Official Orders Halt to Beleaguered Church in Indonesia

JAKARTA, Indonesia (Compass Direct News) – A local government official in Bekasi, West Java last week forbid all worship of the Filadelfia Huria Kristen Batak Protestan Church (HKBP) in Jejalan village.

Regent Sa'duddin on April 12 ordered a halt to all activities of the church, including worship services that have been held on a strip of roadside land since the government on Jan. 12 summarily sealed the church's building, which was under construction.

Announcing the order at a meeting of government officials with the Rev. Palti Panjaitan, Vice-Regent Darip Mulyana said the reason for the closure of the church's makeshift site was that worship interfered with "community activities," though the site is on a nearly deserted roadside bordering vacant fields.

The regent also suggested that the church join with another HKBP congregation in the Graha Prima housing development, far from the Filadelfia church's site. Pastor Panjaitan said the church objects to this suggestion as it would be impractical, creating time and transportation difficulties.

Mulyana said that Sa'duddin had ruled that the church needs to find a new place to construct its prospective permanent church building because local residents had rejected it – even though the church had secured approval from local residents when it submitted its application for a permit in 2008. The government has never acted on the application, and since then Islamic organizations have organized protests to try to pressure government officials to deny approval.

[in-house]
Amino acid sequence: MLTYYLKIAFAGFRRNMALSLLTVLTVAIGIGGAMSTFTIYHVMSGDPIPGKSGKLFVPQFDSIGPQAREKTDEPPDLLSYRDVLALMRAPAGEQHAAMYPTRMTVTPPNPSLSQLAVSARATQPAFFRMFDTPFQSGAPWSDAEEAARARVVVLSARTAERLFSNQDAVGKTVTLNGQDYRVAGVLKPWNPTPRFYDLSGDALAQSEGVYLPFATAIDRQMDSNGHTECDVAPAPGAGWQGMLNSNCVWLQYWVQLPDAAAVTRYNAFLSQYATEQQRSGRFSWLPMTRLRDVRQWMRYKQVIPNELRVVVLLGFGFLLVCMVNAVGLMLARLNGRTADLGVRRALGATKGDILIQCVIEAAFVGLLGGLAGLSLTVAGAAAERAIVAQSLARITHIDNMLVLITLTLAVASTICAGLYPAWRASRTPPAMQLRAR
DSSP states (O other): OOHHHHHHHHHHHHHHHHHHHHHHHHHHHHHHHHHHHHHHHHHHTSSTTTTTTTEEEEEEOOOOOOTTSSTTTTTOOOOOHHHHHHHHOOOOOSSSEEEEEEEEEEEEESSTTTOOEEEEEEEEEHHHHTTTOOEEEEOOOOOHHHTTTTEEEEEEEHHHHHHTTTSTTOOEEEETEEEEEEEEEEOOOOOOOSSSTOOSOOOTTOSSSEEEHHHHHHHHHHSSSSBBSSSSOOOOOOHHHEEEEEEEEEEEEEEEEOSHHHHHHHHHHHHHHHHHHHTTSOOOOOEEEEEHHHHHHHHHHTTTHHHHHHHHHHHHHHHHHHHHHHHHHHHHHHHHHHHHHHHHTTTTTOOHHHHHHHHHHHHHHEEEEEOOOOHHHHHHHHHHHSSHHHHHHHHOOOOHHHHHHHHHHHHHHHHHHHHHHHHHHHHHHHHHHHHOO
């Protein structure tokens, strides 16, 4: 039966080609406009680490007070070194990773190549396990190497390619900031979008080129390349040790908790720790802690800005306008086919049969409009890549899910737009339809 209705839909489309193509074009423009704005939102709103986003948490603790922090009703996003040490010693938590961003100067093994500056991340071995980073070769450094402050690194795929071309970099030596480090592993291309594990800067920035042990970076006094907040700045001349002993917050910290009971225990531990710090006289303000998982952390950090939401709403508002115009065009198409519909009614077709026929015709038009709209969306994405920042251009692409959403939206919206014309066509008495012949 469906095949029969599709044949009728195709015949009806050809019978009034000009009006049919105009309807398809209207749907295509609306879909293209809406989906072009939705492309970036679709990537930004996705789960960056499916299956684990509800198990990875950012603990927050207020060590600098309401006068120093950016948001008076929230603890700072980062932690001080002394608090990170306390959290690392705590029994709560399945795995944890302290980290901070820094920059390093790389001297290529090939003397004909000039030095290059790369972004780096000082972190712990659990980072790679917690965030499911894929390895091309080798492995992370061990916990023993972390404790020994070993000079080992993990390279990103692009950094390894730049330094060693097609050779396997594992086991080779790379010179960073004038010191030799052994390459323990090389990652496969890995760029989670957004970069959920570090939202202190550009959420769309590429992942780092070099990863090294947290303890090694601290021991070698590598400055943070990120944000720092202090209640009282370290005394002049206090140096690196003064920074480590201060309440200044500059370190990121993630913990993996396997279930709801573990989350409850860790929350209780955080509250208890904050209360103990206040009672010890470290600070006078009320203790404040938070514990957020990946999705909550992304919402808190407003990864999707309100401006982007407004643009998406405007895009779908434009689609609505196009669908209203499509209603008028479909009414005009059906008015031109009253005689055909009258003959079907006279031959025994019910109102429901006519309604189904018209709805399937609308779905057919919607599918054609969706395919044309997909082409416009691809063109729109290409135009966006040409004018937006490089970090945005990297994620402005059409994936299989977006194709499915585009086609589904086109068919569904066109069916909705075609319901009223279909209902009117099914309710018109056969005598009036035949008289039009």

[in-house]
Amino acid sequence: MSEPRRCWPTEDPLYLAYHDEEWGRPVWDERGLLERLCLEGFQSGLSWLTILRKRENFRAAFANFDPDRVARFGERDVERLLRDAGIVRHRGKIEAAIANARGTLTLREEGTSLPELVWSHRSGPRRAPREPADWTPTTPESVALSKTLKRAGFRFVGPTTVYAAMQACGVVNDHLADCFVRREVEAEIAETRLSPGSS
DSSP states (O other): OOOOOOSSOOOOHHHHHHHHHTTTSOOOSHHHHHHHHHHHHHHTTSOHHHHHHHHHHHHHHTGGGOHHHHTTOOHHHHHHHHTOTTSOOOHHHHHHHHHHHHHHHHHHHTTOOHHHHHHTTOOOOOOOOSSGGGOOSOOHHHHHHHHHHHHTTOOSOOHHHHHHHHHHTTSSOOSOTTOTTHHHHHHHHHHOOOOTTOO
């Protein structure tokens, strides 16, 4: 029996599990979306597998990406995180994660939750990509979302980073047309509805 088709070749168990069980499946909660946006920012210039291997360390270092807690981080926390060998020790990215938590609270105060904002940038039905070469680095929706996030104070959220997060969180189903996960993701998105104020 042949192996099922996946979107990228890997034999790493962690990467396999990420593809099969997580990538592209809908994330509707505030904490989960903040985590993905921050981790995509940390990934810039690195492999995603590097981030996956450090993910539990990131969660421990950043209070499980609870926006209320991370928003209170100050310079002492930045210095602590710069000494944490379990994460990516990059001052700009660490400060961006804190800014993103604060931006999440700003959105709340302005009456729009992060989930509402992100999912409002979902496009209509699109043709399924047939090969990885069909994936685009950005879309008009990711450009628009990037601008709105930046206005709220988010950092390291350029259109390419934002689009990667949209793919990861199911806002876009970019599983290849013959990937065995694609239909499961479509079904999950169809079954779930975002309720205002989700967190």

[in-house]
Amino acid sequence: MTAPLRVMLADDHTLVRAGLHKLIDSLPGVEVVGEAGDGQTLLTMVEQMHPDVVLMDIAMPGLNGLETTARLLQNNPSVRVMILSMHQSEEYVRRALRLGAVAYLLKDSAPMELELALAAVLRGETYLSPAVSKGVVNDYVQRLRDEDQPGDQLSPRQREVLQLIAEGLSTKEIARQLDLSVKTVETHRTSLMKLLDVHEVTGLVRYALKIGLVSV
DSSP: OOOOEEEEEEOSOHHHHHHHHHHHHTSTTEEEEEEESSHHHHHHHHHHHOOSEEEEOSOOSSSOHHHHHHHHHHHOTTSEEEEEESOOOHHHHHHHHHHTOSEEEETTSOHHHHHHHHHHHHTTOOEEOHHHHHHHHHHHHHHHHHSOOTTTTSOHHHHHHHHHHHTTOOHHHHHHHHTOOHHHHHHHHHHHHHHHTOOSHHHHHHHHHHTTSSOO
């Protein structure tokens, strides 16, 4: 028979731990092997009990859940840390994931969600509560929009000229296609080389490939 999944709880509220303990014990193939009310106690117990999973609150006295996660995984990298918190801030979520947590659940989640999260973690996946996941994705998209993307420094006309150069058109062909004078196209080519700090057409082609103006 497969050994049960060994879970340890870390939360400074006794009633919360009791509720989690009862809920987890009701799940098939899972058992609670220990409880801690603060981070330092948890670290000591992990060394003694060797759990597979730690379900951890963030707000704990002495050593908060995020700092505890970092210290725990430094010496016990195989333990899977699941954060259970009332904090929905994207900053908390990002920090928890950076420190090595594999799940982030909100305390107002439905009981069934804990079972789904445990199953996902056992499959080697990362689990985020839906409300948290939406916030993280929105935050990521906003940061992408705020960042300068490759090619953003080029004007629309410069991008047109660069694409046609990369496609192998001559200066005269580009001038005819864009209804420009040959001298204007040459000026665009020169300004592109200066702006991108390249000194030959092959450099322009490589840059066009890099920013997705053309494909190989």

The church on March 30 filed suit against Sa'duddin for unilaterally closing their church building under construction.

The church's Tigor Tampubolon said the church would never have been forced to meet by the roadside if the government hadn't sealed its building under construction without due process.

"We have been waiting for the government to grant us a temporary permit so that we can hold services, instead of forbidding them," Tampubolon said. "It's difficult for the 500 or so members to hold church beside the road, and it would be even more difficult if the location was moved, because most of the people live near the church."

Tampubolon said the church had purchased 1,088 square meters of land, had obtained signatures of 60 people living near the church as well as letters of agreement from the Jejalan village head and leaders, and had submitted all necessary documents to the government in 2008.

The Bekasi Regency never took any action on the application, saying the permit needed to be discussed and approved by the Bekasi Interfaith Harmony Forum.

In December the church held a Christmas service in a temporary structure on the lot.

"We held our Christmas service there because we had village level permission and were waiting on permanent permission from the regency," Tampubolon said.

The Christmas service drew a large mob of protestors claiming to act on behalf of the local citizens. The mob demanded that services end and that no Christian worship take place in the area.

The regent then recommended that the church hold services in Jejalan village hall, but when the congregation tried to do so on Jan. 3, another demonstration harried them. Since then the church has held worship services on the roadside.

The Filadelfia congregation has been active since 2000, with services initially held in the pastor's home. In 2006, a mob of 300 people swarmed the pastor's home during a Sunday morning service. Claiming to be neighbors, they pressured the pastor to sign a document promising not to hold religious meetings at his home.

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